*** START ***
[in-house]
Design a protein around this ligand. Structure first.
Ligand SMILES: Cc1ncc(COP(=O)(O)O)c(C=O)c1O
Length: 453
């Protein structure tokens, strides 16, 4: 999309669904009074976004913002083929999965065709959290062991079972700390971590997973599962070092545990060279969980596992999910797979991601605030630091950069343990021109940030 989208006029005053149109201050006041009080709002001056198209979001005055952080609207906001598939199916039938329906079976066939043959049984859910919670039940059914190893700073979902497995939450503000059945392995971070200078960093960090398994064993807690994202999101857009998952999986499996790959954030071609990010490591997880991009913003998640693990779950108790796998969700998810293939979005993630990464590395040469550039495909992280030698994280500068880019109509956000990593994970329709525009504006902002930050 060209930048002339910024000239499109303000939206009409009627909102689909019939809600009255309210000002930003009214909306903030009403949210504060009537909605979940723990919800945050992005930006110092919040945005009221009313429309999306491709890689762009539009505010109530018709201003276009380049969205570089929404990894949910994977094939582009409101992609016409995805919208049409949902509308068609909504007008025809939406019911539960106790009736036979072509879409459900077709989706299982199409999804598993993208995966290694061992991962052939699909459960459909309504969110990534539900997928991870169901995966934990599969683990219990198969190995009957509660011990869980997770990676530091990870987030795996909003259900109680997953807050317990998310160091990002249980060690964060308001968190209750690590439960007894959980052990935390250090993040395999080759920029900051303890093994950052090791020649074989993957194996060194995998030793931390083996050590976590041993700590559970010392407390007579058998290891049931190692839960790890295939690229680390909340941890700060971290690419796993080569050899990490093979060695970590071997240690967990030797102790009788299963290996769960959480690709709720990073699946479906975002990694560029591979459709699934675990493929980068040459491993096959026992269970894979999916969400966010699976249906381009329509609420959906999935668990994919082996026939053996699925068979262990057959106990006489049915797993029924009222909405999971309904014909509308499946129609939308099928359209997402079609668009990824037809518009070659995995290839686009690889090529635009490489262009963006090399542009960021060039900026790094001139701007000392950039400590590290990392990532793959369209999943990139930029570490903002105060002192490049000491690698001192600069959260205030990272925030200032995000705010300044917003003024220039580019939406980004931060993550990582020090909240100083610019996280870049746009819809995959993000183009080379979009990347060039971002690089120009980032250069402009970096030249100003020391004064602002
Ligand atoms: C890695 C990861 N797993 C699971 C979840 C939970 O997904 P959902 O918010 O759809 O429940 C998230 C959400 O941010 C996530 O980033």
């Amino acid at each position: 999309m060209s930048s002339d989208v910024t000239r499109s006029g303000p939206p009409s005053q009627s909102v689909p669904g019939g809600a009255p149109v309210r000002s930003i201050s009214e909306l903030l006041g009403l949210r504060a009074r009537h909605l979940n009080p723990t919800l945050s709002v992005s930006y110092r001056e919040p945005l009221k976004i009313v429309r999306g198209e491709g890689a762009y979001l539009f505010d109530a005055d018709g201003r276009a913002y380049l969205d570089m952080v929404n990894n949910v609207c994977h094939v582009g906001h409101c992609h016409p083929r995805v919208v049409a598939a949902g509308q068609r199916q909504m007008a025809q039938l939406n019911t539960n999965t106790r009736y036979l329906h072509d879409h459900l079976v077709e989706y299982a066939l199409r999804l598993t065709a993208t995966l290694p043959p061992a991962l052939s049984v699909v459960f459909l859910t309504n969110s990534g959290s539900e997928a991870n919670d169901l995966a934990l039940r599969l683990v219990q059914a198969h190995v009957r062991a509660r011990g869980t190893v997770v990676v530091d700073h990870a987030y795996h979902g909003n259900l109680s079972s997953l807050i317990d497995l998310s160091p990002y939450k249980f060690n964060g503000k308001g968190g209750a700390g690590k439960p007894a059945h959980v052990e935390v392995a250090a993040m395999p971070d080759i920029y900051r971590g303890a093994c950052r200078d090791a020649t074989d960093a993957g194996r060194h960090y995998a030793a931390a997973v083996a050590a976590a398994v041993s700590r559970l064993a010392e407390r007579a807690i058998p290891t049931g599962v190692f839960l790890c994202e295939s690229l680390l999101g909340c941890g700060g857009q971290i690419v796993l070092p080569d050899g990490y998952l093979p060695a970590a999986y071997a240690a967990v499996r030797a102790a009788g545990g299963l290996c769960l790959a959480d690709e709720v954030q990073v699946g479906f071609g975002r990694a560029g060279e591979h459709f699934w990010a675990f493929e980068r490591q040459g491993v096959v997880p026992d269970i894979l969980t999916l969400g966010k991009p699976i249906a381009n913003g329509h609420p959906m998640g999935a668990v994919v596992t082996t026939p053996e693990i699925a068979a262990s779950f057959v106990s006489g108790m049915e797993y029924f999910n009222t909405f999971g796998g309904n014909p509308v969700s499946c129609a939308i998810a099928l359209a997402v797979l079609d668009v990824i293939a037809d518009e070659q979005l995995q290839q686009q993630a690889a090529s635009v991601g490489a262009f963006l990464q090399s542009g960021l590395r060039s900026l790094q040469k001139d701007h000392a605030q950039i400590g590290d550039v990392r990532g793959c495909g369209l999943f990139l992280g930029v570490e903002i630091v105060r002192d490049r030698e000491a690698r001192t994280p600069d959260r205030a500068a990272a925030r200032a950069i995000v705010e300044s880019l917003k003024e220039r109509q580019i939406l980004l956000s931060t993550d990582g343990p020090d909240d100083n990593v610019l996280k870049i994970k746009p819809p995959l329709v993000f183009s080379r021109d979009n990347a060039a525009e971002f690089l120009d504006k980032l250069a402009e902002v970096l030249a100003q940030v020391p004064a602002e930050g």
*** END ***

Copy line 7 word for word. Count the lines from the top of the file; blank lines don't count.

């Amino acid at each position: 999309m060209s930048s002339d989208v910024t000239r499109s006029g303000p939206p009409s005053q009627s909102v689909p669904g019939g809600a009255p149109v309210r000002s930003i201050s009214e909306l903030l006041g009403l949210r504060a009074r009537h909605l979940n009080p723990t919800l945050s709002v992005s930006y110092r001056e919040p945005l009221k976004i009313v429309r999306g198209e491709g890689a762009y979001l539009f505010d109530a005055d018709g201003r276009a913002y380049l969205d570089m952080v929404n990894n949910v609207c994977h094939v582009g906001h409101c992609h016409p083929r995805v919208v049409a598939a949902g509308q068609r199916q909504m007008a025809q039938l939406n019911t539960n999965t106790r009736y036979l329906h072509d879409h459900l079976v077709e989706y299982a066939l199409r999804l598993t065709a993208t995966l290694p043959p061992a991962l052939s049984v699909v459960f459909l859910t309504n969110s990534g959290s539900e997928a991870n919670d169901l995966a934990l039940r599969l683990v219990q059914a198969h190995v009957r062991a509660r011990g869980t190893v997770v990676v530091d700073h990870a987030y795996h979902g909003n259900l109680s079972s997953l807050i317990d497995l998310s160091p990002y939450k249980f060690n964060g503000k308001g968190g209750a700390g690590k439960p007894a059945h959980v052990e935390v392995a250090a993040m395999p971070d080759i920029y900051r971590g303890a093994c950052r200078d090791a020649t074989d960093a993957g194996r060194h960090y995998a030793a931390a997973v083996a050590a976590a398994v041993s700590r559970l064993a010392e407390r007579a807690i058998p290891t049931g599962v190692f839960l790890c994202e295939s690229l680390l999101g909340c941890g700060g857009q971290i690419v796993l070092p080569d050899g990490y998952l093979p060695a970590a999986y071997a240690a967990v499996r030797a102790a009788g545990g299963l290996c769960l790959a959480d690709e709720v954030q990073v699946g479906f071609g975002r990694a560029g060279e591979h459709f699934w990010a675990f493929e980068r490591q040459g491993v096959v997880p026992d269970i894979l969980t999916l969400g966010k991009p699976i249906a381009n913003g329509h609420p959906m998640g999935a668990v994919v596992t082996t026939p053996e693990i699925a068979a262990s779950f057959v106990s006489g108790m049915e797993y029924f999910n009222t909405f999971g796998g309904n014909p509308v969700s499946c129609a939308i998810a099928l359209a997402v797979l079609d668009v990824i293939a037809d518009e070659q979005l995995q290839q686009q993630a690889a090529s635009v991601g490489a262009f963006l990464q090399s542009g960021l590395r060039s900026l790094q040469k001139d701007h000392a605030q950039i400590g590290d550039v990392r990532g793959c495909g369209l999943f990139l992280g930029v570490e903002i630091v105060r002192d490049r030698e000491a690698r001192t994280p600069d959260r205030a500068a990272a925030r200032a950069i995000v705010e300044s880019l917003k003024e220039r109509q580019i939406l980004l956000s931060t993550d990582g343990p020090d909240d100083n990593v610019l996280k870049i994970k746009p819809p995959l329709v993000f183009s080379r021109d979009n990347a060039a525009e971002f690089l120009d504006k980032l250069a402009e902002v970096l030249a100003q940030v020391p004064a602002e930050g």